Posts Tagged ‘cookies’

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It continues to disappoint me when I hear about large blue chip clients working on the default 30 day PV (post view) cookie window for display campaigns and then accepting 100% of the PV conversions. Not only this, but in most cases no viewability tech is being used.

When looking at your PV cookie window, typically it should be set to mirror what you have deemed to be the average consideration time to purchase as well as taking into account the ad format.

On the other hand, you want to avoid coming up with an arbitrary PV window which so many brands do.

Fortunately there is a robust way of finding out what percentage of PV conversions are genuine which you can use for future campaigns. This is called a ‘Placebo Test’. You would run an A/B test with one of your creatives adserved alongside a charity creative. Post campaign you minus the in view PV conversions which the charity creative delivered (which are obviously incorrect) from the in view PV conversions your brand creative delivered. This will leave you with the remainder of in view PV conversions which you can class as genuine. Work out what the percentage of genuine in view PV conversions were and then you can use this percentage within the buying platform which will mean only the percentage which has been proved genuine in the past will be accepted and attributed for the current and future campaigns.

Ideally you should expect the ‘Placebo Test’ to look something like the below. If both lines are similar then the banners are not working on a brand basis and they therefore don’t offer any value outside the click. The mention of ‘Placebo’ below would be a charity creative.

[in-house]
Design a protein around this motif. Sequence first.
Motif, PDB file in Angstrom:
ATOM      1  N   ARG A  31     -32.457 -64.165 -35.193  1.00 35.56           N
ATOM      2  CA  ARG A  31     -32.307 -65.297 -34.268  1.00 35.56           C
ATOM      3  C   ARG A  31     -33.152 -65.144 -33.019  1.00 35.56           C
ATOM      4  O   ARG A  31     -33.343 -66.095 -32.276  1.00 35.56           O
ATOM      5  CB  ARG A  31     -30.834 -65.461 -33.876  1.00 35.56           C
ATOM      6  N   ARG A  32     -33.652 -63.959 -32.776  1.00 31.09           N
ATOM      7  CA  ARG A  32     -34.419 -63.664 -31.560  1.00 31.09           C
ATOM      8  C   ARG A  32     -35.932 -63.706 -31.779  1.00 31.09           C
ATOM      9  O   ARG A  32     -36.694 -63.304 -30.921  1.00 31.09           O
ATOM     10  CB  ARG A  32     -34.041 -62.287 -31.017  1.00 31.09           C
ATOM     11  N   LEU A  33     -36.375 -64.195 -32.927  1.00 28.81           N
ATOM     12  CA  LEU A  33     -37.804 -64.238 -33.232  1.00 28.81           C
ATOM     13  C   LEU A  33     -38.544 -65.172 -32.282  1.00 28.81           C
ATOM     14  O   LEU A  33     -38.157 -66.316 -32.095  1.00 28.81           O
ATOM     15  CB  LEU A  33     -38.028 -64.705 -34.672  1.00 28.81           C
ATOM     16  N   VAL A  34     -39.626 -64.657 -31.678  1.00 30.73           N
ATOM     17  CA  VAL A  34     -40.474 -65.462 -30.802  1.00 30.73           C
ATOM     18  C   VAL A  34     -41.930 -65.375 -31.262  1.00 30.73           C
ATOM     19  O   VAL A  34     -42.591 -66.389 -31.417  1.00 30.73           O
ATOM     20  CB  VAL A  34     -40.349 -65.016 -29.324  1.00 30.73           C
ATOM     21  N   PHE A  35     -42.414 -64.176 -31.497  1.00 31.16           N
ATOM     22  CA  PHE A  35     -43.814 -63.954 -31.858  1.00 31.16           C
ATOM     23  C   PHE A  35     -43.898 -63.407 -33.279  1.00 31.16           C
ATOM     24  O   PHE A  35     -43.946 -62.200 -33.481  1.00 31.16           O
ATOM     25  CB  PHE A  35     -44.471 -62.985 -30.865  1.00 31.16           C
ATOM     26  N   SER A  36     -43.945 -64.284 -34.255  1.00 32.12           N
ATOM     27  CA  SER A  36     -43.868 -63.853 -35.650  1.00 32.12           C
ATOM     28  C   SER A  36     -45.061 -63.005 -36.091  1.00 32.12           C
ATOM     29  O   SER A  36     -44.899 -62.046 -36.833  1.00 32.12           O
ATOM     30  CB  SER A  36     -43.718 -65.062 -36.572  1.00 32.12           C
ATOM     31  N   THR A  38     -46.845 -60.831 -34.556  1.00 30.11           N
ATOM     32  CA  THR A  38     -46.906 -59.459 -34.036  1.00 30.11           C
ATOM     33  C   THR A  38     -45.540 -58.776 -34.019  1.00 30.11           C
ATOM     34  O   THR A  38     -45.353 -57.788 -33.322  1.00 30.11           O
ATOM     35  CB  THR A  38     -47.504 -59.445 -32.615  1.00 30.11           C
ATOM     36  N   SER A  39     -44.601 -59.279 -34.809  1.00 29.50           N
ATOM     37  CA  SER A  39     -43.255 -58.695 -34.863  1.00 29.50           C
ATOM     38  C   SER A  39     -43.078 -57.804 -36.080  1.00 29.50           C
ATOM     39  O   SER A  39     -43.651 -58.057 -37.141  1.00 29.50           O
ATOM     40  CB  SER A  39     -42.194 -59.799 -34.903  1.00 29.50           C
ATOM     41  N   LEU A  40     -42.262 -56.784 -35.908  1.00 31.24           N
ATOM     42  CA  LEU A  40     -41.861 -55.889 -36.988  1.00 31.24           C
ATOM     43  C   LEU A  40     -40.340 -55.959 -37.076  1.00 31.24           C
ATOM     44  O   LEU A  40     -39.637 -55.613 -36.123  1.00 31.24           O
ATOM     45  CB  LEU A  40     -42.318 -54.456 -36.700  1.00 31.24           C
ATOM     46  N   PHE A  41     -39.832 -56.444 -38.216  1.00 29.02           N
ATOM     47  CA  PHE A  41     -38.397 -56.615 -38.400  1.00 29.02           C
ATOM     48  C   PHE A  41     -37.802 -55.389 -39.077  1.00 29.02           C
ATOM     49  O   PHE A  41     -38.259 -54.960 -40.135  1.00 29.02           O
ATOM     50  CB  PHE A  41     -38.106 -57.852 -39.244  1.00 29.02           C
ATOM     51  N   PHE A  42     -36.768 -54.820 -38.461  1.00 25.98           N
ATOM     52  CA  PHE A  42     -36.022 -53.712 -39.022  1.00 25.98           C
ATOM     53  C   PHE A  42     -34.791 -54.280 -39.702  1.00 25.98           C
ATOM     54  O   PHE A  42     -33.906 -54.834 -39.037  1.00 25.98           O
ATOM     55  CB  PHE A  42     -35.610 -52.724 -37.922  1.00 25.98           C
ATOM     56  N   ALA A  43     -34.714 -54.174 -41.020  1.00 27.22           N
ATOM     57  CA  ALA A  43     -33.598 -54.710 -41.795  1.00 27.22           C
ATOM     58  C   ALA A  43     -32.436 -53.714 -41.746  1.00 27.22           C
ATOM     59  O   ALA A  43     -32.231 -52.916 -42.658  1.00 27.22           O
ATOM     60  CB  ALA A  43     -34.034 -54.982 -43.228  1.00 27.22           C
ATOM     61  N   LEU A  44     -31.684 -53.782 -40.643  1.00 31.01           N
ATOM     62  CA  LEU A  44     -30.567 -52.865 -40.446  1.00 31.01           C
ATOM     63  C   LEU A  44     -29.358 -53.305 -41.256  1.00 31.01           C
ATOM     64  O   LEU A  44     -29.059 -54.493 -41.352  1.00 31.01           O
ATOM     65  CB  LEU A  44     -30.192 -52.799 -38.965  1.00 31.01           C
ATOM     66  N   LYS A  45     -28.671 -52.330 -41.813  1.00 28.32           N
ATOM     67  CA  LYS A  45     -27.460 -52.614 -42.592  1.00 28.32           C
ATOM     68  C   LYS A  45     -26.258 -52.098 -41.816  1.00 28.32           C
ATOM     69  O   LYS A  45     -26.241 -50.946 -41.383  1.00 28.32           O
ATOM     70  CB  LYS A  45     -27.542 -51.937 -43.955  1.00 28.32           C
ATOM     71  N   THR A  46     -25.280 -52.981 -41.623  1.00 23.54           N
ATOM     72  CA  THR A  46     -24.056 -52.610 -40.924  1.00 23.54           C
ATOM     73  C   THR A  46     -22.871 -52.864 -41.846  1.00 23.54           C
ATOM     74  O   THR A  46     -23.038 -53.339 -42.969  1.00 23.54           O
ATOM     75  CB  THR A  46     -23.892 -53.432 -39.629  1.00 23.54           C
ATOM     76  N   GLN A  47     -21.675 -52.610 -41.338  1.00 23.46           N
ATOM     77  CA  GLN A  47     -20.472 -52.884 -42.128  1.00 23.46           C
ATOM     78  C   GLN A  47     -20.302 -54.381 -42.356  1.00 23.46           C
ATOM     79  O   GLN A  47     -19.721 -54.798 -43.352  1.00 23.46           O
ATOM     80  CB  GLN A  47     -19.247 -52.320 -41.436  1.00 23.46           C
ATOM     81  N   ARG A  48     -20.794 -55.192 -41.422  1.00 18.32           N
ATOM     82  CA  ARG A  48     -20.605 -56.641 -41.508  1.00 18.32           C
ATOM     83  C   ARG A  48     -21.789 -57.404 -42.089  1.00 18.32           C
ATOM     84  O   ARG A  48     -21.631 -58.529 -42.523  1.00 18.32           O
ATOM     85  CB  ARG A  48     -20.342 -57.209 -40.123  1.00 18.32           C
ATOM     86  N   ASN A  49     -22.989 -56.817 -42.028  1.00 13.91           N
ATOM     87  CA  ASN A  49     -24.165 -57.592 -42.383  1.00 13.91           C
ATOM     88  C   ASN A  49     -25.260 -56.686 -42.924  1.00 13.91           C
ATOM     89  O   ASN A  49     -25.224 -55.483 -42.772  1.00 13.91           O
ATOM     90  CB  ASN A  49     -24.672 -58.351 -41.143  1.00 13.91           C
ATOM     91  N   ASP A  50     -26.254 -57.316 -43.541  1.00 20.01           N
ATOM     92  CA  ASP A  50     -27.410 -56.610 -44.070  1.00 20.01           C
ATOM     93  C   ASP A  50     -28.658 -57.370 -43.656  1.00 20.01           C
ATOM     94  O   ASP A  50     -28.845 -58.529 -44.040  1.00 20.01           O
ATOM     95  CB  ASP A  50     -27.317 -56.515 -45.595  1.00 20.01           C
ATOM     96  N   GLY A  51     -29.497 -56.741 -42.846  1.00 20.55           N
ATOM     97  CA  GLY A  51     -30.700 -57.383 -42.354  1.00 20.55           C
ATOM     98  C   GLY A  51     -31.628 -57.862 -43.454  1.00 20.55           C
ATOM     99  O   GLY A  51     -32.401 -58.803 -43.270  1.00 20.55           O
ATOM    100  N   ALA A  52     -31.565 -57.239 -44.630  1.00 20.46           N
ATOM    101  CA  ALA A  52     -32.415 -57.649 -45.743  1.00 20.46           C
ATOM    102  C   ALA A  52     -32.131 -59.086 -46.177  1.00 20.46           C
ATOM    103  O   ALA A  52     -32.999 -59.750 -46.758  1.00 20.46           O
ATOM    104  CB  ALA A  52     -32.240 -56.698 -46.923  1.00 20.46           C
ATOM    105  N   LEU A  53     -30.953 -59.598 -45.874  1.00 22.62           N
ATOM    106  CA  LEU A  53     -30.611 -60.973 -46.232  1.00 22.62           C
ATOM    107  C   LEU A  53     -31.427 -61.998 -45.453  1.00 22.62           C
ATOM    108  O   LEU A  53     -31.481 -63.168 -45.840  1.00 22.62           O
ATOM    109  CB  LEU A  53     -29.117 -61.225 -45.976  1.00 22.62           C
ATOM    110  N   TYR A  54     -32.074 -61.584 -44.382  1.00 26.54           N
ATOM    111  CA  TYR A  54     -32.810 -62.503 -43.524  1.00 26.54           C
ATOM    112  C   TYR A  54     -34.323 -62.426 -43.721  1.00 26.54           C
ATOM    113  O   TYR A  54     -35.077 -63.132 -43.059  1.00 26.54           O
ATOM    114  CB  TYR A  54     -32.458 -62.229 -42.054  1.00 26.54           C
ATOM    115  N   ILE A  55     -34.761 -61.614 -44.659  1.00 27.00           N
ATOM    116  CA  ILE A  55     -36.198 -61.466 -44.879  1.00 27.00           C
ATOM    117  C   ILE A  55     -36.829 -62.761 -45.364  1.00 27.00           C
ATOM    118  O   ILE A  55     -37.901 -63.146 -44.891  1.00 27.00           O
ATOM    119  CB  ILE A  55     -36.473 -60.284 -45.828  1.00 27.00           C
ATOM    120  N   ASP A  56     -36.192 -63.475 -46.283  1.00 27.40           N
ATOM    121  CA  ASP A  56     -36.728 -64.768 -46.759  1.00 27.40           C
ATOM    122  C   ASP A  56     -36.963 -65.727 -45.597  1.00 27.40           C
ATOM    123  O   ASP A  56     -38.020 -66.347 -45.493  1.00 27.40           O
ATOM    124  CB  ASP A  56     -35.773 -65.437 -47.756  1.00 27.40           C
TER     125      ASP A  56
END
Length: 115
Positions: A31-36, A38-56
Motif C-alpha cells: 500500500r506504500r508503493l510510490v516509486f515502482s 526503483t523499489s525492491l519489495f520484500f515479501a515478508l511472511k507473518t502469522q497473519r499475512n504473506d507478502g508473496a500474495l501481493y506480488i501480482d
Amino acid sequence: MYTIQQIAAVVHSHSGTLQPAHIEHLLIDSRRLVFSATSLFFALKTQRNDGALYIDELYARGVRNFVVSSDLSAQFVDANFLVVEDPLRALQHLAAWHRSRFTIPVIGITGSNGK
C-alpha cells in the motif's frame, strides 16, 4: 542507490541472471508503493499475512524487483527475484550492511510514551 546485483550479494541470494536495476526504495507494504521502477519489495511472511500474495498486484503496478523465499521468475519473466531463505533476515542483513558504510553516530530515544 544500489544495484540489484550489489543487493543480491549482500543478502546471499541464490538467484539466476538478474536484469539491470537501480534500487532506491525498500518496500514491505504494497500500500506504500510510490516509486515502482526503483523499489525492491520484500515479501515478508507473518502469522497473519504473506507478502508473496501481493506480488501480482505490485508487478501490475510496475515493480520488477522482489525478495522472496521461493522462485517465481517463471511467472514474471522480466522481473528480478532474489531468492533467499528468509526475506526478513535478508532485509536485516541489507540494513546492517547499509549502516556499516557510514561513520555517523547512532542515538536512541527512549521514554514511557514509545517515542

PV

Things to consider:

  1. You need £10k media investment
  2. Banners incl. charity banners
  3. Partner eg. MediaMath, DBM or Media IQ
  4. Viewability tech eg. Spider.io
  5. You only have to run it once per product

By overvaluing a channel like display has two main consequences 1. Wasting marketing budget as you could re-allocate some of the display budget to other better performing channels and 2. An algorithm optimising on bad data will only mean that it will aim to optimise towards that bad data more.

On the subject of display wastage, I recently worked with Exchange Wire on an article about my frustrations of DSP’s not integrating with third party viewability tech and the impact.

If agencies and brands stop wasting marketing budget and run display campaigns as they should be done in a more genuine way, the channel will then get the respect it deserves.

Cookie

With ad spend still over £15bn / year in the UK, there are a few digital suppliers and publishers who continue looking for the quick buck by cookie stuffing.

Worryingly some marketing consultants and CMO’s turn a blind eye or use the dodgy practices knowingly to improve on the marketing tracked performance.

A few examples of cookie stuffing:

  • When managed service media buys are told to only run prospecting campaigns, yet they use remarketing aggressively to get the last post view conversion.
  • Suppliers popping banners across the net on a blank page to get the last post view conversion.
  • Publishers delivering multi banners below the footer of a site to get the last post view conversion and generate more revenue for themselves.
  • Ad networks requesting a click tracker for a piece of copy and logo, but then just use the click command to pop the site to post click cookie bomb.
  • Pop suppliers popping site when people search for your brand on Google – dropping a cookie when someone is just about to visit your site already.
  • Pop suppliers popping site using a click tracker and therefore dropping a post click cookie on the view – another form of cookie bombing.
  • Affiliates have an abundance of click trackers at their disposal where CTR doesn’t get monitored. Many use these to pop the site to post click cookie bomb also.

These are just a few of the common practises which go on, but this neither helps the industry improve, is fair for genuine suppliers who do things by the book or helps advertisers grow volume incrementally.

Fortunately there are a few tech suppliers out there who can at least help you identify whether traffic is showing a fraudulent pattern such as Traffic Cake.

Agencies and marketing managers need to have a stricter policy on cookie stuffing so then it can finally be put to bed along with the suppliers who do it.